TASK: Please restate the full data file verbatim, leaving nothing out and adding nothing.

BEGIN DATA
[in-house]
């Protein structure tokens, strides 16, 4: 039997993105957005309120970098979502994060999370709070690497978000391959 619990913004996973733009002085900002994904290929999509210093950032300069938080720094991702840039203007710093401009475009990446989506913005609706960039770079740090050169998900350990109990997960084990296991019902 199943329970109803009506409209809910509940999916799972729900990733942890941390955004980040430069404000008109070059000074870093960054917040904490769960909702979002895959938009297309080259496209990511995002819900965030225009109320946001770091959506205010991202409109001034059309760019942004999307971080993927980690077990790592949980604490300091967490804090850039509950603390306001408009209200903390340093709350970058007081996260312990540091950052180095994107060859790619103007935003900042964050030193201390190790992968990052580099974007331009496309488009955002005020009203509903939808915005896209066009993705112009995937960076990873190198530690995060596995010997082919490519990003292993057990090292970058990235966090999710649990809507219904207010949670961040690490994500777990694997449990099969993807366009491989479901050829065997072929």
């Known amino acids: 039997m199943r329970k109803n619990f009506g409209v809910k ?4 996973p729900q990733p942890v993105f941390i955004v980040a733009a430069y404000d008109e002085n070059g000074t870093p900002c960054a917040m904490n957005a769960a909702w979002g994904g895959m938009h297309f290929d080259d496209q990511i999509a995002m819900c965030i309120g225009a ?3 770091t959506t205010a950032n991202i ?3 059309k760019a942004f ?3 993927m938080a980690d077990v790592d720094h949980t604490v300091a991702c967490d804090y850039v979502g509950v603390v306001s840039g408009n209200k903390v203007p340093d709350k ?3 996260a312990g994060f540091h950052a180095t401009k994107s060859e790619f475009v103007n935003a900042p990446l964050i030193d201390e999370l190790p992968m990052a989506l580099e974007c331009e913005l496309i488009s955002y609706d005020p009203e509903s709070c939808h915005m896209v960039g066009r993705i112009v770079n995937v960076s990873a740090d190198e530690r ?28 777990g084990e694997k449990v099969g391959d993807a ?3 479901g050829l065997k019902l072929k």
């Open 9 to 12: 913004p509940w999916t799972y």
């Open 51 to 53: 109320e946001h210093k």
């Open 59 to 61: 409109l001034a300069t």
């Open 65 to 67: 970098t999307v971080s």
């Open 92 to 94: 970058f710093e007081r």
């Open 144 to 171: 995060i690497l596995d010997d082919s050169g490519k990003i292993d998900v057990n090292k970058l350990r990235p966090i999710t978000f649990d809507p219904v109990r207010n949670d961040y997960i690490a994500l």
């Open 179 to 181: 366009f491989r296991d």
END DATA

[in-house]
């Protein structure tokens, strides 16, 4: 039997993105957005309120970098979502994060999370709070690497978000391959 619990913004996973733009002085900002994904290929999509210093950032300069938080720094991702840039203007710093401009475009990446989506913005609706960039770079740090050169998900350990109990997960084990296991019902 199943329970109803009506409209809910509940999916799972729900990733942890941390955004980040430069404000008109070059000074870093960054917040904490769960909702979002895959938009297309080259496209990511995002819900965030225009109320946001770091959506205010991202409109001034059309760019942004999307971080993927980690077990790592949980604490300091967490804090850039509950603390306001408009209200903390340093709350970058007081996260312990540091950052180095994107060859790619103007935003900042964050030193201390190790992968990052580099974007331009496309488009955002005020009203509903939808915005896209066009993705112009995937960076990873190198530690995060596995010997082919490519990003292993057990090292970058990235966090999710649990809507219904207010949670961040690490994500777990694997449990099969993807366009491989479901050829065997072929």
């Known amino acids: 039997m199943r329970k109803n619990f009506g409209v809910k ?4 996973p729900q990733p942890v993105f941390i955004v980040a733009a430069y404000d008109e002085n070059g000074t870093p900002c960054a917040m904490n957005a769960a909702w979002g994904g895959m938009h297309f290929d080259d496209q990511i999509a995002m819900c965030i309120g225009a ?3 770091t959506t205010a950032n991202i ?3 059309k760019a942004f ?3 993927m938080a980690d077990v790592d720094h949980t604490v300091a991702c967490d804090y850039v979502g509950v603390v306001s840039g408009n209200k903390v203007p340093d709350k ?3 996260a312990g994060f540091h950052a180095t401009k994107s060859e790619f475009v103007n935003a900042p990446l964050i030193d201390e999370l190790p992968m990052a989506l580099e974007c331009e913005l496309i488009s955002y609706d005020p009203e509903s709070c939808h915005m896209v960039g066009r993705i112009v770079n995937v960076s990873a740090d190198e530690r ?28 777990g084990e694997k449990v099969g391959d993807a ?3 479901g050829l065997k019902l072929k």
């Open 9 to 12: 913004p509940w999916t799972y």
């Open 51 to 53: 109320e946001h210093k």
């Open 59 to 61: 409109l001034a300069t």
């Open 65 to 67: 970098t999307v971080s």
């Open 92 to 94: 970058f710093e007081r």
């Open 144 to 171: 995060i690497l596995d010997d082919s050169g490519k990003i292993d998900v057990n090292k970058l350990r990235p966090i999710t978000f649990d809507p219904v109990r207010n949670d961040y997960i690490a994500l």
């Open 179 to 181: 366009f491989r296991d």